Carcinoid tumors are rare, slow-growing cancerous tumors that most often occur in the gastrointestinal tract or in the lungs.
Colon cancer and rectal cancer combined are the second-leading cause of cancer-related deaths in the United States. Regular screening tests can help reduce your risk.
Colon polyps — small clumps of cells on your colon lining — are usually harmless, but some may become cancerous over time.
Having bulging pouches (diverticulosis) in your digestive tract isn't necessarily a concern. But infected pouches (diverticulitis) can be a serious problem.
Though uncomfortable and sometimes embarrassing, hemorrhoids — and the accompanying itching and bleeding — are common. Effective treatments are available and mostly involve lifestyle and home remedies.
Plague is a disease carried by rats and other rodents. The risk of developing plague is low, and most cases occur in Africa.
Proctitis is an inflammation of the lining of the rectum.
Solitary rectal ulcer syndrome, a rare condition, may be caused by chronic constipation. Dietary changes may help mild cases.
Ulcerative colitis is a form of inflammatory bowel disease (IBD) — a serious inflammation of the digestive tract that can cause abdominal pain and diarrhea.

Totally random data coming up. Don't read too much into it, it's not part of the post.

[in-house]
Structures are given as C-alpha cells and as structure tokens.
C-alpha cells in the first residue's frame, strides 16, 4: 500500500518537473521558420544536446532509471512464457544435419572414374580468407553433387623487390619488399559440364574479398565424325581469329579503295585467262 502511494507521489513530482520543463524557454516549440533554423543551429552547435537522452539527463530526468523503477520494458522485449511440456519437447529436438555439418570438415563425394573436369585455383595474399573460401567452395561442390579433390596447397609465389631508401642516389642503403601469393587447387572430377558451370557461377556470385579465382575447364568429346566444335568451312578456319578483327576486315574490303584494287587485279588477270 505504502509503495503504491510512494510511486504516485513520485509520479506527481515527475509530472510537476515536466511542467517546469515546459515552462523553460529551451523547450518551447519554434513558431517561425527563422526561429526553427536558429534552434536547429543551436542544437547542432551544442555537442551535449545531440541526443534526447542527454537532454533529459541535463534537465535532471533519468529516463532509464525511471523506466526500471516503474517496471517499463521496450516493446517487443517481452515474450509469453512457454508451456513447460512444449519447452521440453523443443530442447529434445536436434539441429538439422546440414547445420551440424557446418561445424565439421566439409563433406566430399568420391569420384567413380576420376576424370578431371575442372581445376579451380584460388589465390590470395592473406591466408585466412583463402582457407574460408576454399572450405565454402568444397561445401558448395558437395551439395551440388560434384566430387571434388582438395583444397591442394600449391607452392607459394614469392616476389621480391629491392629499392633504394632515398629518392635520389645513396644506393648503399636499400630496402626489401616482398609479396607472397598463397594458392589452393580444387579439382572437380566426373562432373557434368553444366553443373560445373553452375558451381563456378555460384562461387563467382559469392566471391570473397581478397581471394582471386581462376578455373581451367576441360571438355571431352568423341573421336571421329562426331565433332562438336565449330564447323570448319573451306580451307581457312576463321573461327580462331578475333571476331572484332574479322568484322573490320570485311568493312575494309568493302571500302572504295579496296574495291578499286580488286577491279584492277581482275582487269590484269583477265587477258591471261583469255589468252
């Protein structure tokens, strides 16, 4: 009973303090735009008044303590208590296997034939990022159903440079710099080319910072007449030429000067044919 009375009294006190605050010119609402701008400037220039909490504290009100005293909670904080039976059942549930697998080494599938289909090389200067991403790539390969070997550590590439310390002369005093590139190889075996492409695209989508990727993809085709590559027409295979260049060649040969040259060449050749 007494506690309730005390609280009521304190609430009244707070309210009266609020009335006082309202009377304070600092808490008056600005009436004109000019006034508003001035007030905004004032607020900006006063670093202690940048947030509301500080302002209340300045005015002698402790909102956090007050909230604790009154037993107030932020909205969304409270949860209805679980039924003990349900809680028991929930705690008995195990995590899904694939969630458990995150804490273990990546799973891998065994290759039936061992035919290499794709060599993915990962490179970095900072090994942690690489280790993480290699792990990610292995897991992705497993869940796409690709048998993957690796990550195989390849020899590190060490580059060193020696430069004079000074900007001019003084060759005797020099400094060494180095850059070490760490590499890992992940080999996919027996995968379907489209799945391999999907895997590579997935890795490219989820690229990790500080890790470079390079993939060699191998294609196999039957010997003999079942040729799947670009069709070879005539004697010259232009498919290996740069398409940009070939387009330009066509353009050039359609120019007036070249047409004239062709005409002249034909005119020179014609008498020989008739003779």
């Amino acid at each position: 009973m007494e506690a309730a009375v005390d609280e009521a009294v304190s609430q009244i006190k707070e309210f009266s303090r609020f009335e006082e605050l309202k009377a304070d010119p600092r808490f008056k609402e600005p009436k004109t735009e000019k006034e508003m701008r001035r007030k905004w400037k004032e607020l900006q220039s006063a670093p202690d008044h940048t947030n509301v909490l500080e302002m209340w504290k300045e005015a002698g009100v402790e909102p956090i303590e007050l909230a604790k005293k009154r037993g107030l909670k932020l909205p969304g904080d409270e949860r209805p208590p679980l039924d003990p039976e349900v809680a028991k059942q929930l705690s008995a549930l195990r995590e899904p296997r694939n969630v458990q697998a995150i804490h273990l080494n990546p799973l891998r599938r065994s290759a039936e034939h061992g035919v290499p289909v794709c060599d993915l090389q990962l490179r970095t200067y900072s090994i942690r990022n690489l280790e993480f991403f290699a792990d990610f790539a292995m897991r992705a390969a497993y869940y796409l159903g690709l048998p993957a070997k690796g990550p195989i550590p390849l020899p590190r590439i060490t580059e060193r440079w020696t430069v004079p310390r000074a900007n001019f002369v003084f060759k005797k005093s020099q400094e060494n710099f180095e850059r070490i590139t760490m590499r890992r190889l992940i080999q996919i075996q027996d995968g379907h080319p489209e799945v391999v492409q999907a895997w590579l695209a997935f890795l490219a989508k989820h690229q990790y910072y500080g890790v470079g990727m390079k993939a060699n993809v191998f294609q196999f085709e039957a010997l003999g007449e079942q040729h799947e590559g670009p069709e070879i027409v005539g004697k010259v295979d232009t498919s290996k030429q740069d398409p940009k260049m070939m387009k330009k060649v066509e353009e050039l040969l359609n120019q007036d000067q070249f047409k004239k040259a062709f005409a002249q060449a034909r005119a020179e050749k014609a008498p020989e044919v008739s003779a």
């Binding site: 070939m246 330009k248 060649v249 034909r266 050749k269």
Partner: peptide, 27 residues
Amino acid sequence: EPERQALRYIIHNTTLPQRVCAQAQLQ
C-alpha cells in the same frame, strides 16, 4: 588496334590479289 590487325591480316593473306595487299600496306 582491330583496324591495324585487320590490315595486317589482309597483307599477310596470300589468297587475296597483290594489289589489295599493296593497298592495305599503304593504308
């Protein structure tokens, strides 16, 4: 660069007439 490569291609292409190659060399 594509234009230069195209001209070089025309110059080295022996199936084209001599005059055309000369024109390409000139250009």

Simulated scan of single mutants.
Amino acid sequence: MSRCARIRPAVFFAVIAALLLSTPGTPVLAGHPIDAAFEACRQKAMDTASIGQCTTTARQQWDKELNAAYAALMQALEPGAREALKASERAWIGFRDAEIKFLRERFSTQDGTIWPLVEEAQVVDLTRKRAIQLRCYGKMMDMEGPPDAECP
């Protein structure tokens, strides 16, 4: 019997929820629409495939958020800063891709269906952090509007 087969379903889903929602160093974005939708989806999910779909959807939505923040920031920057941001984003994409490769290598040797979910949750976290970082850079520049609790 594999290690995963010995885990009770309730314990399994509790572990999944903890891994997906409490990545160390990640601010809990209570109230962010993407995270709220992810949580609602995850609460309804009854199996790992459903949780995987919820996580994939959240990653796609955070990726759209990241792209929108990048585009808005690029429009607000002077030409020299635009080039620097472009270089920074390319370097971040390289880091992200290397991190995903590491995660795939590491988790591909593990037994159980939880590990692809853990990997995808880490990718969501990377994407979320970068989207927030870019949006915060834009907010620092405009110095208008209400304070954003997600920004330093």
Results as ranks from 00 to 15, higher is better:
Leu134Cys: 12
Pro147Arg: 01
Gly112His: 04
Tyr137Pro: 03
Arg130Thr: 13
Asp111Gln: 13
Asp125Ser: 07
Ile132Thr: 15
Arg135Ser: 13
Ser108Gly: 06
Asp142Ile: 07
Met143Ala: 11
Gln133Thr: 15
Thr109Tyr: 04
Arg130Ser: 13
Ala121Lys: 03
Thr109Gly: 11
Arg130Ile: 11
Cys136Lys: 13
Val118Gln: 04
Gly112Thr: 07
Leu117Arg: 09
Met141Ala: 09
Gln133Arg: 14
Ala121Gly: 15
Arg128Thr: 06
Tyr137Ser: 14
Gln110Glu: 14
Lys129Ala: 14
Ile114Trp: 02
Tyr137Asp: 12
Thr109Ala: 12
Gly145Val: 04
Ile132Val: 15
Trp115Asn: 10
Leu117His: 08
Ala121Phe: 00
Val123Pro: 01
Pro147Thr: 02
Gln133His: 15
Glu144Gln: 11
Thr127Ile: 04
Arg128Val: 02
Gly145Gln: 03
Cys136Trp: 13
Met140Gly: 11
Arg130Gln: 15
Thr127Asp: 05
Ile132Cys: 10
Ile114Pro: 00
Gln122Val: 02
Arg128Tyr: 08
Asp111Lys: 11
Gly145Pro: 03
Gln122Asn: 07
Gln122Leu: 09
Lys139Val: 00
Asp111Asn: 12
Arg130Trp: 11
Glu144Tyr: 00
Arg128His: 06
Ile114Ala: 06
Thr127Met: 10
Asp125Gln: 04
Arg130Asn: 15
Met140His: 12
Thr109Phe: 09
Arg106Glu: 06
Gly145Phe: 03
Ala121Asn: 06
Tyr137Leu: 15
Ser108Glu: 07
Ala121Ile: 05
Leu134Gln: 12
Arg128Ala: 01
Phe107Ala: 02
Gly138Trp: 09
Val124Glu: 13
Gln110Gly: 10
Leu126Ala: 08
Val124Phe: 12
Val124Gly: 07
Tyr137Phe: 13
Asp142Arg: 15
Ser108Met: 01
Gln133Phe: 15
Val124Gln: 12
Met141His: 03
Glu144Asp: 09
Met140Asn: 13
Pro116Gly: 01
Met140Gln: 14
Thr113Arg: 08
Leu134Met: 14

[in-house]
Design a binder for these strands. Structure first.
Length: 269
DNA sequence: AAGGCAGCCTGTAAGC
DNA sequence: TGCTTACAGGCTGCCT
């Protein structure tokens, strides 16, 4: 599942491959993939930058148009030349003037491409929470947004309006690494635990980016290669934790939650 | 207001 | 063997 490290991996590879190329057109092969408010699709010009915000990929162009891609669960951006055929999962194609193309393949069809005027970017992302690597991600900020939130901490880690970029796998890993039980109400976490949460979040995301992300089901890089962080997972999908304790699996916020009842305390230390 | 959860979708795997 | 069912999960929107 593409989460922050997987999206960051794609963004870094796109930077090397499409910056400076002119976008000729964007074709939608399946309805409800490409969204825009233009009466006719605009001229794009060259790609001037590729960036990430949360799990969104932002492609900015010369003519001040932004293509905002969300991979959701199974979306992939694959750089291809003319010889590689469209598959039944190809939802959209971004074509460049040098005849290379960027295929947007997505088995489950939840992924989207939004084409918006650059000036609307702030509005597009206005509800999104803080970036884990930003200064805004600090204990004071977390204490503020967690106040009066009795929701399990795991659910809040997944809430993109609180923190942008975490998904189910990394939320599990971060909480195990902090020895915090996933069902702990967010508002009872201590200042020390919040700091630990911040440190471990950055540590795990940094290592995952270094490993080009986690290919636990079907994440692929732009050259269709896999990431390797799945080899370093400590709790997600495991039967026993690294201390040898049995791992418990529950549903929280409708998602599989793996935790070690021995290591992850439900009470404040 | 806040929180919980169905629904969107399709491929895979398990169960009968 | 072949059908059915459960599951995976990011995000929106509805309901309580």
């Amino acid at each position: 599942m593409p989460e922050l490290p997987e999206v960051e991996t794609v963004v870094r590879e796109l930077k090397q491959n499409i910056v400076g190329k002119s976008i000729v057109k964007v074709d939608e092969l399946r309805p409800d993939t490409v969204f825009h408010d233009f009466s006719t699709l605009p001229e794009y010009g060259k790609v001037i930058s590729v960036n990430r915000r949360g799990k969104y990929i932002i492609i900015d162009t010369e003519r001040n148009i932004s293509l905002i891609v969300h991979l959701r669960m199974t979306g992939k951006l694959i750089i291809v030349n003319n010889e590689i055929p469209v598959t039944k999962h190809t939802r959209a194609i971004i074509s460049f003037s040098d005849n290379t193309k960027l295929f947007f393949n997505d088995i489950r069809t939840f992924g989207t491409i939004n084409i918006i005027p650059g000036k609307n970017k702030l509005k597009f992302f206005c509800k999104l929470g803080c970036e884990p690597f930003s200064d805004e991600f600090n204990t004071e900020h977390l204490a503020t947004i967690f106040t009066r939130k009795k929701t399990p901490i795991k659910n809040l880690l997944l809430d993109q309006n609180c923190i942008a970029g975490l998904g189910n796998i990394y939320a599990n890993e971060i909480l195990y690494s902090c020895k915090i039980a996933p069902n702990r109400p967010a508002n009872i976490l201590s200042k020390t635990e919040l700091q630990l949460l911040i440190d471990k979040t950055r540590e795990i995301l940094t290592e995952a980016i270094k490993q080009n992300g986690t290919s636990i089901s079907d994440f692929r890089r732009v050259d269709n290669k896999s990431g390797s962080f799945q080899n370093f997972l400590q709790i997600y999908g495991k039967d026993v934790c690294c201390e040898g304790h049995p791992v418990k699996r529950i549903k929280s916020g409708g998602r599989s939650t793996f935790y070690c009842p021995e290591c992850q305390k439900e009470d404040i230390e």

Apr. 30, 2011
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- Bjorkman DJ. Gastrointestinal hemorrhage and occult gastrointestinal bleeding. In: Goldman L, et al. Cecil Medicine. 23rd ed. Philadelphia, Pa.: Saunders Elsevier; 2008. http://www.mdconsult.com/das/book/body/191371208-2/0/1492/0.html#. Accessed March 11, 2011.
- Bleeding in the digestive tract. National Institute for Diabetes and Digestive and Kidney Diseases. http://digestive.niddk.nih.gov/ddiseases/pubs/bleeding/index.htm. Accessed March 11, 2011.
- Jutabha R. Etiology of lower gastrointestinal bleeding in adults. http://www.uptodate.com/home/index.html. Accessed March 11, 2011.
- Wilkinson JM (expert opinion). Mayo Clinic, Rochester, Minn. March 28, 2011.